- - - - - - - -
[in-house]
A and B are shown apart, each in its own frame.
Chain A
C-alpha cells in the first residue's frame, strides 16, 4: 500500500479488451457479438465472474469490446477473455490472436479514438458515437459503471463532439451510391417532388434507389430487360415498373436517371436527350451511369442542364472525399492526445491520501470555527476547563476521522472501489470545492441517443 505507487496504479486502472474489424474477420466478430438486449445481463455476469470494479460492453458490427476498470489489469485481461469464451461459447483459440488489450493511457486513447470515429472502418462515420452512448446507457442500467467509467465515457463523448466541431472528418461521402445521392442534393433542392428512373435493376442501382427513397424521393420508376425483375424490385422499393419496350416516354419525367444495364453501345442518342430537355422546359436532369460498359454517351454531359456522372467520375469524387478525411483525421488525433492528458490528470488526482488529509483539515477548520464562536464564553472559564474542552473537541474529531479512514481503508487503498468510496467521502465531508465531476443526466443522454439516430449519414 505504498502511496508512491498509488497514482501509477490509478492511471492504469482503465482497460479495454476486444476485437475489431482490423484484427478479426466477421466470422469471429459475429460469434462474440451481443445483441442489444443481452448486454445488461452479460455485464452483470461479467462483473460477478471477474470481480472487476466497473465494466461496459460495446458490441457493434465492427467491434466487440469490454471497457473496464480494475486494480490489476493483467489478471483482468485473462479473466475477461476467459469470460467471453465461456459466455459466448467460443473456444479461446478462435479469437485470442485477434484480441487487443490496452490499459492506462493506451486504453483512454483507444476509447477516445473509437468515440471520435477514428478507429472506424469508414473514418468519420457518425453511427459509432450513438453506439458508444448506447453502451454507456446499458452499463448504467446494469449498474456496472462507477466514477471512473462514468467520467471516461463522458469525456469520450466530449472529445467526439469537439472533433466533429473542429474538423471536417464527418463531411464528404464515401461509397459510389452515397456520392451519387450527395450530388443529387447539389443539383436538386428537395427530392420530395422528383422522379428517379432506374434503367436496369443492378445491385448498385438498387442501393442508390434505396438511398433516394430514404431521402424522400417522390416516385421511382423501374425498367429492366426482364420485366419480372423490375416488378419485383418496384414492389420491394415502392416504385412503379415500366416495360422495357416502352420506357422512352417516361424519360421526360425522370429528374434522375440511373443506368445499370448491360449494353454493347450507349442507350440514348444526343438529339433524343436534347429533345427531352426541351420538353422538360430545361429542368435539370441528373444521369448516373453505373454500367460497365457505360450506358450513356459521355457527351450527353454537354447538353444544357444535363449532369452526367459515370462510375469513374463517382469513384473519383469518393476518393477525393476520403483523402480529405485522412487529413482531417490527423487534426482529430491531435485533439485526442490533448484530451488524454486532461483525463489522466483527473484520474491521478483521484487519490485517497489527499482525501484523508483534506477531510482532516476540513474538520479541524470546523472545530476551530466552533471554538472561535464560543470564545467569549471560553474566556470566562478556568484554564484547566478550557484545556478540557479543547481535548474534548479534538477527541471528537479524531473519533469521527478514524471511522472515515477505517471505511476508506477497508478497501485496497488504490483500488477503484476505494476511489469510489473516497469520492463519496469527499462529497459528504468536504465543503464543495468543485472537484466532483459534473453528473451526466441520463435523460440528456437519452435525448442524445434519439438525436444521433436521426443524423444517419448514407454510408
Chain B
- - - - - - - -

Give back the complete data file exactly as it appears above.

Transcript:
[in-house]
A and B are shown apart, each in its own frame.
Chain A
C-alpha cells in the first residue's frame, strides 16, 4: 500500500479488451457479438465472474469490446477473455490472436479514438458515437459503471463532439451510391417532388434507389430487360415498373436517371436527350451511369442542364472525399492526445491520501470555527476547563476521522472501489470545492441517443 505507487496504479486502472474489424474477420466478430438486449445481463455476469470494479460492453458490427476498470489489469485481461469464451461459447483459440488489450493511457486513447470515429472502418462515420452512448446507457442500467467509467465515457463523448466541431472528418461521402445521392442534393433542392428512373435493376442501382427513397424521393420508376425483375424490385422499393419496350416516354419525367444495364453501345442518342430537355422546359436532369460498359454517351454531359456522372467520375469524387478525411483525421488525433492528458490528470488526482488529509483539515477548520464562536464564553472559564474542552473537541474529531479512514481503508487503498468510496467521502465531508465531476443526466443522454439516430449519414 505504498502511496508512491498509488497514482501509477490509478492511471492504469482503465482497460479495454476486444476485437475489431482490423484484427478479426466477421466470422469471429459475429460469434462474440451481443445483441442489444443481452448486454445488461452479460455485464452483470461479467462483473460477478471477474470481480472487476466497473465494466461496459460495446458490441457493434465492427467491434466487440469490454471497457473496464480494475486494480490489476493483467489478471483482468485473462479473466475477461476467459469470460467471453465461456459466455459466448467460443473456444479461446478462435479469437485470442485477434484480441487487443490496452490499459492506462493506451486504453483512454483507444476509447477516445473509437468515440471520435477514428478507429472506424469508414473514418468519420457518425453511427459509432450513438453506439458508444448506447453502451454507456446499458452499463448504467446494469449498474456496472462507477466514477471512473462514468467520467471516461463522458469525456469520450466530449472529445467526439469537439472533433466533429473542429474538423471536417464527418463531411464528404464515401461509397459510389452515397456520392451519387450527395450530388443529387447539389443539383436538386428537395427530392420530395422528383422522379428517379432506374434503367436496369443492378445491385448498385438498387442501393442508390434505396438511398433516394430514404431521402424522400417522390416516385421511382423501374425498367429492366426482364420485366419480372423490375416488378419485383418496384414492389420491394415502392416504385412503379415500366416495360422495357416502352420506357422512352417516361424519360421526360425522370429528374434522375440511373443506368445499370448491360449494353454493347450507349442507350440514348444526343438529339433524343436534347429533345427531352426541351420538353422538360430545361429542368435539370441528373444521369448516373453505373454500367460497365457505360450506358450513356459521355457527351450527353454537354447538353444544357444535363449532369452526367459515370462510375469513374463517382469513384473519383469518393476518393477525393476520403483523402480529405485522412487529413482531417490527423487534426482529430491531435485533439485526442490533448484530451488524454486532461483525463489522466483527473484520474491521478483521484487519490485517497489527499482525501484523508483534506477531510482532516476540513474538520479541524470546523472545530476551530466552533471554538472561535464560543470564545467569549471560553474566556470566562478556568484554564484547566478550557484545556478540557479543547481535548474534548479534538477527541471528537479524531473519533469521527478514524471511522472515515477505517471505511476508506477497508478497501485496497488504490483500488477503484476505494476511489469510489473516497469520492463519496469527499462529497459528504468536504465543503464543495468543485472537484466532483459534473453528473451526466441520463435523460440528456437519452435525448442524445434519439438525436444521433436521426443524423444517419448514407454510408
Chain B